What is ADHD?

Attention-Deficit Hyperactivity Disorder (ADHD) is a mental disorder that includes persistent inattention (not being able to keep focus) or hyperactivity (excess movement that is not fitting to the setting) and impulsivity (hasty acts that occur in the moment without thought). It also interferes with functioning or development. It is one of the most common mental disorders affecting children and also affects many adults. 

ADHD can’t be prevented or cured. But spotting it early, plus having a good treatment and education plan, can help a child or adult with ADHD manage their symptoms.

ADHD begins in childhood. However, many children go through phases where they’re restless or inattentive. This is often completely normal and does not necessarily mean they have ADHD.

Symptoms of ADHD

Symptoms in children

The following symptoms should be present for at least 6 months, are inconsistent with developmental age and negatively impacts social, academic and occupational activities.

  • Inattention

    • Is easily distracted
    • Doesn’t follow directions or finish tasks
    • Doesn’t seem to be listening
    • Doesn’t pay attention and makes careless mistakes
    • Forgets about daily activities
    • Has problems organizing daily tasks
    • Doesn’t like to do things that require sitting still
    • Often loses things
    • Tends to daydream
  • Hyperactivity/Impulsivity

    • Often squirms fidgets, or bounces when sitting
    • Doesn’t stay seated
    • Has trouble playing quietly
    • Is always moving, such as running or climbing on things. (In teens and adults, this is more often described as restlessness.)
    • Talks excessively
    • Is always “on the go,” as if “driven by a motor”
    • Has trouble waiting for their turn
    • Blurts out answers
    • Interrupts others

Symptoms in Adults

Symptoms of ADHD may also change as a person gets older.

  • Often being late or forgetting things

  • Anxiety

  • Low self-esteem

  • Problems at work

  • Trouble controlling anger

  • Impulsiveness

  • Substance misuse or addiction

  • Trouble staying organized

  • Procrastination

  • Easily frustrated

  • Often bored

  • Trouble concentrating when reading

  • Mood swings

  • Depression

  • Relationship problems

Causes of ADHD

The exact cause of ADHD is unknown, but there are various factors that may contribute to the development of the disorder.

  • Brain anatomy and function

    • A lower level of activity in the parts of the brain that control attention and activity level may be associated with ADHD 
  • Genes and heredity

    • ADHD frequently runs in families. 
    • A child with ADHD has a 1 in 4 chance of having a parent with ADHD.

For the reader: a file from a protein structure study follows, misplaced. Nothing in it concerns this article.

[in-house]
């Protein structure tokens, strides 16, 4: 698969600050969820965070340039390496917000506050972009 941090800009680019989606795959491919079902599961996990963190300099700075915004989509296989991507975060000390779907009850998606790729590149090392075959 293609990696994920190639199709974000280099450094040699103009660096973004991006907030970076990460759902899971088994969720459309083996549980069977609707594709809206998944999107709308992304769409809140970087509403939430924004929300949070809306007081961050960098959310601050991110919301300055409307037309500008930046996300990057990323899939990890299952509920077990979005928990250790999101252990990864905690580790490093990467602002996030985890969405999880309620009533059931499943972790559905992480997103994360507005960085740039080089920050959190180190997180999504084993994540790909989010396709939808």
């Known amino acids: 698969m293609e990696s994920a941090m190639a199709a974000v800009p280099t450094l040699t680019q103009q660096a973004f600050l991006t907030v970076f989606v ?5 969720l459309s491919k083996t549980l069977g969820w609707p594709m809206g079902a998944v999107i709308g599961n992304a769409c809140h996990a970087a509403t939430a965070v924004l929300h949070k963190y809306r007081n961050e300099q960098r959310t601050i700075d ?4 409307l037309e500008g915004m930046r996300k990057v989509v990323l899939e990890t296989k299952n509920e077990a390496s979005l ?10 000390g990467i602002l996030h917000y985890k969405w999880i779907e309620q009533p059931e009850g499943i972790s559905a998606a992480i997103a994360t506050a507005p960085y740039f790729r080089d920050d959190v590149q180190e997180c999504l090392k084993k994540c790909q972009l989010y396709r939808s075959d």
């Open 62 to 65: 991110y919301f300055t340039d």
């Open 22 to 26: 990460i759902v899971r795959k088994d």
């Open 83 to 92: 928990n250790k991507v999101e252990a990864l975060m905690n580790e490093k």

• It’s also likely that other close family members, such as a sibling, will also have ADHD.
  • Significant head injuries may cause ADHD

  • Prematurity 

    • Children born before the 37th week of pregnancy may be at risk for developing ADHD.
  • Prenatal exposures 

    • like alcohol or nicotine from smoking, increase the risk of developing ADHD.

When to see a psychologist?

If you’re concerned about whether you or your child might have ADHD, the first step is to talk with a healthcare provider to get a confirmed diagnosis of ADHD.

Psychiatrists can help you by giving medications for symptoms of ADHD whereas best psychologists and good counsellors can help by providing different therapies. Both medications and therapies combined can lead to a comprehensive treatment.

How can a psychologist help?

  • Psychoeducation

    • Psychoeducation means you or your child will be encouraged to discuss ADHD and its effects. 
    • It can help children, teenagers and adults make sense of being diagnosed with ADHD
    • It can also help you to cope and live with the condition.
  • Behaviour therapy

    • It provides support for careers of children with ADHD.
    • involves behaviour management
      • uses a system of rewards to encourage your child to try and change their hyperactive or impulsive behaviour
    • This may involve teachers as well as parents
  • Parent training and education programmes

    • If your child has ADHD, specially tailored parent training and education programmes can help you learn specific ways of talking to your child, and playing and working with them to improve their attention and behaviour.
    • The aim of these programs is to teach parents and carers about behaviour management, while increasing confidence in your ability to help your child and improve your relationship.
  • Social skills training

    • It involves your child taking part in role-play situations and aims to teach them how to behave in social situations by learning how their behaviour affects others.
  • Cognitive behavioural therapy (CBT)

    • A good counsellor would try to change how you or your child feels about a situation, which would in turn potentially change their behaviour.